Another transplant was the former classic female blues singer Sippie Wallacewho had moved to Detroit inbut did not her blues singing career until In the wake of the Detroit riot the local blues scene nearly died out, being salvaged only through the help of Mississippi Delta native Uncle Jessie White, pianist and harmonica player, who hosted weekend-long blues jams at his house for the next four years. Ross, Baby Boy Warren, Mr. Shortly thereafter, the Chicago bluesman Willie D.
Warren moved to Detroit, and spent the rest of his life performing on the blues scene in and around the city. Another transplant from Chicago in the s was Johnny "Yard Dog" Joneswho played in Detroit for the next four decades. In the late s, one of the most prominent Detroit blues players was Jim McCarty. After successful stints with the Buddy Miles Express and the rock bands Cactus and The RocketsMcCarty ed the Detroit Blues Band, with whom he cut two records in the s, after which he formed his own blues band, Mystery Train.
Another artist to appear in the late s was the blues singer and Detroit native Thornetta Daviswho cut her first solo album in Davis has won numerous local awards as a blues artist and vocalist, and continues to perform locally and nationally. Although ostensibly a garage rock band, a ificant amount of their material consisted of blues cover songs, and the band is considered a proponent of the punk blues little flirt Detroit Michigan   blues rock genres. Detroit has produced some of the most famous gospel singers in past decades. In the s, Oliver Green formed The Detroiterswho became one of the most popular Gospel groups of their era.
In the s, Laura Lee and a young Della Reese began their long and distinguished careers coming out of the Meditations Singers, indisputably the little flirt Detroit Michigan Detroit-based, female gospel group of that era. Theirs was the first Motor City act to introduce instrumental backing to traditional a cappella vocals. Della ed the ranks of the gospel elite in Detroit, while Mattie Moss Clark is believed to be the first to introduce three part harmony into gospel choral music.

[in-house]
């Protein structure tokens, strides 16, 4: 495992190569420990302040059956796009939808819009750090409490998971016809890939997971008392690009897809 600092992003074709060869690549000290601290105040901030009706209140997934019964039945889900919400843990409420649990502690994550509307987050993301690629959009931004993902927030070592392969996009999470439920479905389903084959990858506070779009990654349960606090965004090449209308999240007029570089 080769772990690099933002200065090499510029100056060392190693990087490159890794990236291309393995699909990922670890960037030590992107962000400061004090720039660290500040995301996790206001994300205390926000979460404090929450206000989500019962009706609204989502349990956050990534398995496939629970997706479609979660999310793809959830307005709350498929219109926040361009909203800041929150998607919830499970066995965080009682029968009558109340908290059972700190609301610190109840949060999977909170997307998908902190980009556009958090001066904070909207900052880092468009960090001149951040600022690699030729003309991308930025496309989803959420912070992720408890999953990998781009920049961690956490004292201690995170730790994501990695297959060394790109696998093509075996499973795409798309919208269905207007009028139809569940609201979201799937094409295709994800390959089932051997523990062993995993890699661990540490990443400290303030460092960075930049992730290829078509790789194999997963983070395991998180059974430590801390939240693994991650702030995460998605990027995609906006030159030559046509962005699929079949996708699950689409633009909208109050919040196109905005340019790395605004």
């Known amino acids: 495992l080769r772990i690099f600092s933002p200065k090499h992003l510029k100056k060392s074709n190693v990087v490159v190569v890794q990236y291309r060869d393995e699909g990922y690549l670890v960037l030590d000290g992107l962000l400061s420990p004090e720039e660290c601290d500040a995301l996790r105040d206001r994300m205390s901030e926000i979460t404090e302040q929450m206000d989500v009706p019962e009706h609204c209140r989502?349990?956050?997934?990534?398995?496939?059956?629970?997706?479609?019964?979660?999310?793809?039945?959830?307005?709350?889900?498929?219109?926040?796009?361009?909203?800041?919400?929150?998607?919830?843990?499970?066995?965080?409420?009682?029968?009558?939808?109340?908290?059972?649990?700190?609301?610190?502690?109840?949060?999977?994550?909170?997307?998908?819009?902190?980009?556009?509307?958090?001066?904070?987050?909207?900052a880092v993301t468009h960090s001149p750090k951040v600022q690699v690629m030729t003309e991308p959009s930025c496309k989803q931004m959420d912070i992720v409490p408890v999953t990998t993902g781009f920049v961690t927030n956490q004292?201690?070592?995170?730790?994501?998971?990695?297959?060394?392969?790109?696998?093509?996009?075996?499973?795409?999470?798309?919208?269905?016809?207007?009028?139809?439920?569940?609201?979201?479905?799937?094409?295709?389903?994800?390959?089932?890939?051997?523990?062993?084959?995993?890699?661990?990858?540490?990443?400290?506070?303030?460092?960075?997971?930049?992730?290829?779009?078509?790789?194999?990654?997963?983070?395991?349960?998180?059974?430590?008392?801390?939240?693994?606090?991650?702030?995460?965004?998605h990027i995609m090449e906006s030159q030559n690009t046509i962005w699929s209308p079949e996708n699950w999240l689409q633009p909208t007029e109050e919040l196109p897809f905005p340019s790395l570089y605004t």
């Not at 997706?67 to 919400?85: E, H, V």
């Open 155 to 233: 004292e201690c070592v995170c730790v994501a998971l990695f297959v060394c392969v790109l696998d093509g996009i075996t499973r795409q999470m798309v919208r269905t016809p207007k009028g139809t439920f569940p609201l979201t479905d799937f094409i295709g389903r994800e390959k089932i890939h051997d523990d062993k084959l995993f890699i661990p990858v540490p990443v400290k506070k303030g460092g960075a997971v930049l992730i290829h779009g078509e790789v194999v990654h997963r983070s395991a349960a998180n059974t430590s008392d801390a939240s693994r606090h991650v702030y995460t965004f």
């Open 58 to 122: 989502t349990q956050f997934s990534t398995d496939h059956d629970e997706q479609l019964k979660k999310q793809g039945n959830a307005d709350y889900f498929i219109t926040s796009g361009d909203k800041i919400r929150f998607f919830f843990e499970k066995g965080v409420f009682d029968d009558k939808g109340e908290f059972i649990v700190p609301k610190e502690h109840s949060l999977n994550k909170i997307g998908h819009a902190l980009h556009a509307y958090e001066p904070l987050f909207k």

In the s, the Reverend CL Franklin found success with his recorded sermons on Chess Record's gospel label and with an album of spirituals recorded at his New Bethel Baptist Church included the debut of his young daughter, Grammy Award winner Aretha Franklin.
Music of detroit
As the Jazz Age began, Detroit quickly emerged as an important musical center. Among the musicians who relocated to Detroit were drummer William McKinneywho formed the seminal big band McKinney's Cotton Pickers with the great arranger, bandleader and composer, Don Redman. Detroit's musical prominence continued through the s.
As this list reflects, Detroit musicians were major contributors to the hard-bop and post-bop styles, especially in the rhythm sections that drove the classic groups of Miles Davis and John Coltraneand contributions to the bands of Charles MingusHorace Silver and The Jazz Messengers. Although Madonna was born and spent her early summers in Bay City, she was raised outside of Detroit, in Rochester about 35 miles from Detroit itself and went to the University of Michigan on a dance scholarship.
Several of Madonna's early hits were co-written by ex-boyfriend and fellow Detroit Native Stephen Bray. Aaliyah was also the niece of former Detroit politician Barry Hankerson and soul singer Gladys Knight. One of the highlights of Detroit's musical history was the success of Motown Records during the s and early s.